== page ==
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Celiac Disease: Seeking Proper Treatment

By: Sang Hyo Kim, Staff Editor

The Mayo Clinic reported in the American Journal of Gastroenterology that 1.8 million people in the United States suffer from celiac disease.1 More notably, of this population, over 75% of people are unaware that they even have this condition. While other studies have been conducted to determine the prevalence of diagnosed and undiagnosed celiac disease, the one performed by Mayo Clinic reveals the most definite results thus far.1,2 It is crucial for those who suffer the symptoms of celiac disease to be tested; though some symptoms may coincide with other bowel syndromes, it is in the best interest of the patient to seek immediate help so he/she can receive necessary medical guidance.

Celiac disease is an autoimmune disease wherein the immune systems attacks gluten, a type of protein found in foods such as bread, crackers, and pasta. The immune response to gluten causes destruction of the villi in the small intestine and therefore makes it more difficult for the body to absorb nutrients. Symptoms can be mild or severe and include gas and bloating, changes in bowel movements, weight loss, fatigue, and weakness.3 Some patients may vomit after they ingest gluten, however this is more common in adults.

While the cause of celiac disease remains unknown, genetics may be involved. Celiac disease can develop at any point in life, and is most common in Caucasians and persons of European ancestry. Current statistics further show that 60% to 70% of those diagnosed with celiac disease are women.4,6

If a patient demonstrates symptoms of celiac disease, the physician will order blood tests that detect special antibodies called antitissue transglutaminase antibodies (tTGA) or anti-endomysium antibodies (EMA). If the test is positive, a gastroenterologist will perform an upper endoscopy to sample a piece of tissue from the first part of the small intestine, specifically the duodenum, to determine if any flattening of the villi is present.7 Once a person has been diagnosed, the next step is for the healthcare provider to explain to the patient the course of the disease and the importance of diet modification. Currently, there is no cure for celiac disease. However, symptoms will be attenuated and the intestinal villi can heal if a patient follows a lifelong gluten-free diet. Reading food labels is very important in determining whether a product may contain sources of grains and ingredients from wheat, barley, rye, and oats.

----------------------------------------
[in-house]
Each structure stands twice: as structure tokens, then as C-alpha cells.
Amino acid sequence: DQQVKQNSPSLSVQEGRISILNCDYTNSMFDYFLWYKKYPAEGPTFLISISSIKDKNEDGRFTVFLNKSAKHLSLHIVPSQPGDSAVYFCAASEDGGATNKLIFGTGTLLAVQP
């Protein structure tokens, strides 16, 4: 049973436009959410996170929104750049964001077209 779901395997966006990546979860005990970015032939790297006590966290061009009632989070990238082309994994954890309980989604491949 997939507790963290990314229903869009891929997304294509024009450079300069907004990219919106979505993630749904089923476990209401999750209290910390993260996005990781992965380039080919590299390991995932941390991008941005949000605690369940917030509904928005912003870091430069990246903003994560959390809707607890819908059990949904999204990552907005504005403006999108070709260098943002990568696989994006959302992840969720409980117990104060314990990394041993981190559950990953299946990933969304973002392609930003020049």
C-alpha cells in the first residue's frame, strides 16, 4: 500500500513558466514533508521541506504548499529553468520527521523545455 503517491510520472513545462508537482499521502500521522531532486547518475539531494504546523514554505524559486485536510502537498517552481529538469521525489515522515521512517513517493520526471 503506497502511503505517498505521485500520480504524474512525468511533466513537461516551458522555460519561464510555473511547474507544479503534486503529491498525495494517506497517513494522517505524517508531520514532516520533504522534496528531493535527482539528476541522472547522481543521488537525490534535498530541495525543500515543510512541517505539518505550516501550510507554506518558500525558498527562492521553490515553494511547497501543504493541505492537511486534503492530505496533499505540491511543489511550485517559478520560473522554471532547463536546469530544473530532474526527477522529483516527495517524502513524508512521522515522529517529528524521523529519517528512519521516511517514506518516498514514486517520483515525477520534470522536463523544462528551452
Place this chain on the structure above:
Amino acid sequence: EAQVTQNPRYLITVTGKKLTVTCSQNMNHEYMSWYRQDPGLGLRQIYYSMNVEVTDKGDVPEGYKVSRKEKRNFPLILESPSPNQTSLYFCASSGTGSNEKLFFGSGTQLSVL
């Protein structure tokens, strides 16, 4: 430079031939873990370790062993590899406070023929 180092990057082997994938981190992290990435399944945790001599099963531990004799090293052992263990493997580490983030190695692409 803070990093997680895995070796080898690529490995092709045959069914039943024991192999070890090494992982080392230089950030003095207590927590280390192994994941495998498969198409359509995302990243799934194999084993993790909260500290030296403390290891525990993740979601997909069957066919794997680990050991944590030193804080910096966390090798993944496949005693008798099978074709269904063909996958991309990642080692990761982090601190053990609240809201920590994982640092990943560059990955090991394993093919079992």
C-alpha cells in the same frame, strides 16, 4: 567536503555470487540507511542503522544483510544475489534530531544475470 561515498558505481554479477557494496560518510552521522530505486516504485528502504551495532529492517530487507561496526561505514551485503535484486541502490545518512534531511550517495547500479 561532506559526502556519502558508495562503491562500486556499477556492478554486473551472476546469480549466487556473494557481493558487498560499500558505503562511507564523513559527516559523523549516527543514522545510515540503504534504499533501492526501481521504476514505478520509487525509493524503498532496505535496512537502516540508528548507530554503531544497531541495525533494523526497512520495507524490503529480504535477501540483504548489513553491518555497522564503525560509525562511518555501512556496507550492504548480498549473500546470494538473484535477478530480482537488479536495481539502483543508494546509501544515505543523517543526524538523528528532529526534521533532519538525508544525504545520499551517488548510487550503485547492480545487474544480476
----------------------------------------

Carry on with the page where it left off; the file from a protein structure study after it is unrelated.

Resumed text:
It is estimated that 1.6 million people in the U.S are on a gluten-free diet even though they have never been formally diagnosed with celiac disease.4 However, Dee Sandquist, a registered dietitian and spokesperson for the American Diabetic Association, says  “there’s nothing inherently healthier about a gluten-free diet.” This is because “gluten-free” products may contain extra sugar and fat to imitate the satisfaction that gluten contributes, and lack vitamins B and D normally found in regular bread products. Therefore, rather than buying products labeled “gluten-free,” Mr. Sandquist recommends that people choose more fruits, vegetables, and lean meats.5

Since gut nutrient absorption may be compromised in a patient with celiac disease, healthcare providers may also prescribe vitamin and mineral supplements. Pharmacists can contribute to the celiac patient’s health by “counseling the patient about gluten-free diet, drugs, vitamins, and nutritional supplements and addressing other health related matters,” according to Dr. Robert A. Mangione, EdD, RPH and Dr. Priti N. Patel, PharmD, BCPS.8 Furthermore, since medications may contain small amounts of gluten, pharmacists should be made aware of these patients’ medical condition to avoid exacerbation of the disease, if possible. Thus, while adhering to a gluten-free diet is difficult for many, celiac disease patients must carefully follow well-balanced and gluten-free diet to stay healthy and symptom-free.



  1. Many People With Celiac Disease Are Unaware Of It. MNT Web site. <http://www.medicalnewstoday.com/articles/248523.php> Published August 2nd, 2012. Accessed December 1st, 2013
  2. About Mayo Clinic. Mayo Clinic Web site. <http://www.mayoclinic.org/about/> Accessed December 1st, 2013.
  3. Signs & Symptoms. Celiac Support Association. <http://www.csaceliacs.info/symptoms_of_celiac_disease.jsp> Accessed January 22nd, 2014.
  4. Mayo Clinic: 80% of People on Gluten-Free Diet Do Not Have Celiac Disease Diagnosis. nfca. http://www.celiaccentral.org/research-news/mayo-clinic-80-percent-gluten-free-diet-no-celiac-disease-diagnosis-8306/.> Accessed May 15th, 2014
  5. Storrs, C. Will a gluten-free diet improve your health? CNN Health.  http://www.cnn.com/2011/HEALTH/04/12/gluten.free.diet.improve/ Published April 12th, 2011. Accessed May 15th, 2014
  6. Celiac Disease Prevalence in Women. nfca, <http://www.celiaccentral.org/education/Women-s-Health/Prevalence/453/.> Accessed May 15th, 2014.
  7. Celiac Disease-Sprue. The New York Times Web site. <http://www.nytimes.com/health/guides/disease/celiac-disease-sprue/overview.html>
  8. Accessed December 2nd, 2013.
  9. Mangione, Robert A, Patel, Priti N. Pharmaceutical Care of Celiac Disease. U.S Pharmacist. <http://www.uspharmacist.com/content/d/feature/c/31428/>. Published December 20th, 2011. Accessed May 15th, 2014.

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